I won’t lie — finding the energy to sit down and pen this post has taken a lot longer than usual, mostly because I’ve spent most of what little energy that I do have crying all over myself.
Don’t worry, I’ll be okay. We all will.
For those that appreciate a more direct approach (i.e. ripping off the bandaid-style) I’ll come at you straight: I have decided to lead the company in an entirely different direction and I’m closing most of what we’ve built together by year’s end.
Note the specific and intentional use of the words
together; that’s because the decision ultimately fell upon my shoulders, even though we all invested an incredible amount of time and resources over the last few years.
So, if you’d like someone to be mad at, you can direct that at me because I’d be the right person to field it.
Some folks in startup world might call this a “pivot” and they wouldn’t be wrong — there won’t be much left of the old company when we’re done putting things away properly.
And that hurts my heart terribly.
When my brother and I first started our work together in early-2017 it was obviously much different than what it became and what it is today — we we’re literally fucking around in his garage with some video gear, a growing community that loved what we loved, and a vague pipe dream that we’d build something “cool”.
And it was so much fun. We found a small group of folks who had no problem sharing their opinions (and lives) with us as we dialogued, argued, and even convened in larger settings, breaking bread in some of our favorite Korean BBQ joints across the globe.
This isn’t what we thought would happen but it ended up being exactly what we needed.
My brother led the charge, taking the initiative to meet many of you IRL in an effort to learn and grow with you, together. Even he was surprised at how many of these encounters blossomed into real and wonderful friendships:
You see, what we discovered in the first iteration of our journey together was that
decentralization was not some ephemeral idea or un-relatable technology; it was a connector, a model of how communities and relationships really form, a healthy and productive counter to the disease and destruction that
web 2.0 has created as its incessant focus on
metadata (e.g. likes, retweets, follows, etc) continues to pollute our world.
We came together because we shared similar beliefs; we stayed for the real, authentic relationships and we believe that what we had was unique, precious, and extremely rare.
Today, our community is strong and it includes folks that would have never shared a conversation together, let alone a meal. How cool is that?
We proved that time and time again over the years as we invested in each other, spent time and personal resources to visit in-the-real. A quick trip down memory lane at some of our larger community events elicit quite a lot of emotion for me:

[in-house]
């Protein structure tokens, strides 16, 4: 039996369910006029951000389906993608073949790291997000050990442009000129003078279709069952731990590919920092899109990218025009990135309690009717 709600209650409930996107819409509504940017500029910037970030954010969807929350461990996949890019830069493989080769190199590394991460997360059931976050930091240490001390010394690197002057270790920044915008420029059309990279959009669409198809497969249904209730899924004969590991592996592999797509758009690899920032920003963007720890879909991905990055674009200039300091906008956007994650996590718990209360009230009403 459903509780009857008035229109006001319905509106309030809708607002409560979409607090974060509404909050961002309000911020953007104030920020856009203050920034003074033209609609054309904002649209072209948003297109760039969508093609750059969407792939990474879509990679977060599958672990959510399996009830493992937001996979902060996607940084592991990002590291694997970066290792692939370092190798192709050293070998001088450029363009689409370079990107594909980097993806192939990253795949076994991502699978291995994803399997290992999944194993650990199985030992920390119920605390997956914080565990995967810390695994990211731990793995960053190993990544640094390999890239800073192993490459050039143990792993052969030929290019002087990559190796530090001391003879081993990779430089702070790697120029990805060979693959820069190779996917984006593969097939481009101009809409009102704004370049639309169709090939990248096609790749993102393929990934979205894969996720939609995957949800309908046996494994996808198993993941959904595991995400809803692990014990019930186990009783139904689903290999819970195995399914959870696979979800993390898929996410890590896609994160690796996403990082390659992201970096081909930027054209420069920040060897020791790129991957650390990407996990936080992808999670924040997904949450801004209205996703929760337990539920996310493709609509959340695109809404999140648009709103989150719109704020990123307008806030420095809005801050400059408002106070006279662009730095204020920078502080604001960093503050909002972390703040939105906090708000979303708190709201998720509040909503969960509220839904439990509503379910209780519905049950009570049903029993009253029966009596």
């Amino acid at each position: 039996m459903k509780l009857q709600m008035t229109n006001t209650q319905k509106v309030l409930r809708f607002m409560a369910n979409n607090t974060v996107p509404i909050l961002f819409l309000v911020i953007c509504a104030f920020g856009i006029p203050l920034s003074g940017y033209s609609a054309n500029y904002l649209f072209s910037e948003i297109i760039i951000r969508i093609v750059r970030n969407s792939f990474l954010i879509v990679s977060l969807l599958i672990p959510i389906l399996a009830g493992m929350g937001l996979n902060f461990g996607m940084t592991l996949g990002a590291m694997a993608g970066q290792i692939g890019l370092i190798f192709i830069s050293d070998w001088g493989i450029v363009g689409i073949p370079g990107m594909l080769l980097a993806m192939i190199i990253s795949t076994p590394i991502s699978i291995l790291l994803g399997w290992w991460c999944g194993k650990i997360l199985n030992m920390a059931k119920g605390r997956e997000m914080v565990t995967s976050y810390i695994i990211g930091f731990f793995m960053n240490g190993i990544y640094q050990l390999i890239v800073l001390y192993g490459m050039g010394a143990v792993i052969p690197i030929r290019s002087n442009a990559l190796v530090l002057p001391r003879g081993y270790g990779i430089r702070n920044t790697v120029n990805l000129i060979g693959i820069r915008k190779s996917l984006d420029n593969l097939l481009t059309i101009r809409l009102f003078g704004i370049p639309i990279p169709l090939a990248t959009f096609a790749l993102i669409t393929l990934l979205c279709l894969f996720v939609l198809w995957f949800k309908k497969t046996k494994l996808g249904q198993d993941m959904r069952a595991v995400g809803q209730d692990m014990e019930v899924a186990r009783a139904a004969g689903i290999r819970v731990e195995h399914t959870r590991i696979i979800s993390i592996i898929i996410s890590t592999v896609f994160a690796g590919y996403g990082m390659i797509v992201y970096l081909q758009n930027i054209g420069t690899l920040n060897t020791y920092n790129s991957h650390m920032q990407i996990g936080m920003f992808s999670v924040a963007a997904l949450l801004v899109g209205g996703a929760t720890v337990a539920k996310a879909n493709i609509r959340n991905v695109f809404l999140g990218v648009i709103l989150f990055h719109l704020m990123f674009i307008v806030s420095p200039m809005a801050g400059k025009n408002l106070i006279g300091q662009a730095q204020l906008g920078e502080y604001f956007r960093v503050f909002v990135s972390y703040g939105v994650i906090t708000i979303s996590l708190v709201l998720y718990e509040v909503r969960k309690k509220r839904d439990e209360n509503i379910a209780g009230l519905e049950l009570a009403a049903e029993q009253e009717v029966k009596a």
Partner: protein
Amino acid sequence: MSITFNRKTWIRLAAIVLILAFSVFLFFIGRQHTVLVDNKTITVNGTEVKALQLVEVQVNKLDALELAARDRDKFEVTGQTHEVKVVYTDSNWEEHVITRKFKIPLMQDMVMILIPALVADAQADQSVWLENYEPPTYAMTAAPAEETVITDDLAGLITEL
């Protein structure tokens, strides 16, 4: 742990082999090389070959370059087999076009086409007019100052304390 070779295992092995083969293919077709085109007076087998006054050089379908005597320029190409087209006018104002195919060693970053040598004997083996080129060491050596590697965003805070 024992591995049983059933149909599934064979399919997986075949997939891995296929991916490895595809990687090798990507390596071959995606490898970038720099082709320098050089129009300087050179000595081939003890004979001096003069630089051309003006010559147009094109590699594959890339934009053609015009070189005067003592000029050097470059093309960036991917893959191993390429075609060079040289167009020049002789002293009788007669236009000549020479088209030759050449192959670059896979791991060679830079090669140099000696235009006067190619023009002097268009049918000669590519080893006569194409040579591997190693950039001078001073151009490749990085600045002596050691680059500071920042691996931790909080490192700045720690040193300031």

And these were just the ones that were “official” — our community gathered together many more times in all sorts of mediums and geographies, building life-long friendships that have given our team immense joy and pride. Everyone benefited from what we all had built, together.
You know, it’s really hard to believe that what started with a small YouTube Channel, a Lamborghini as a fun, tongue-in-cheek marketing centerpiece, and a handful of passionate
#hodlers would eventually form the basis of a venture-backed technology company that would go on to serve thousands of folks, worldwide!
It’s also just as hard to imagine that it’s all coming to an end.
Shortly after launching the first YouTube Channel and realizing that Peter, namely, had a lock on person-market fit, we immediately began constructing the foundation of a legitimate business.
This meant, in short, that we needed to figure out a way to make more money than what we were currently spending.
Besides making perfectly logical sense we also knew that if we couldn’t find a way to financially support the growing costs of a community that we wouldn’t have one, period.
So we all got to work and we built a ton of software based on our own community’s needs and feedback, from forum software to full-native news readers (web and iOS), market capitalization websites, notification systems, and an assortment of smaller tools — we had an absolute field day with all of you, building software that was meaningful, useful, and fun.
We practiced the fine art of transparency along the way, sharing our motivations and reasons for lightly introducing monetization experiments to simply cover the growing infrastructure costs.
We launched an experiment with Patreon to get more direct financial support — hell, they even did a feature on our wonderful and amazing community!
And life was good. Until it wasn’t.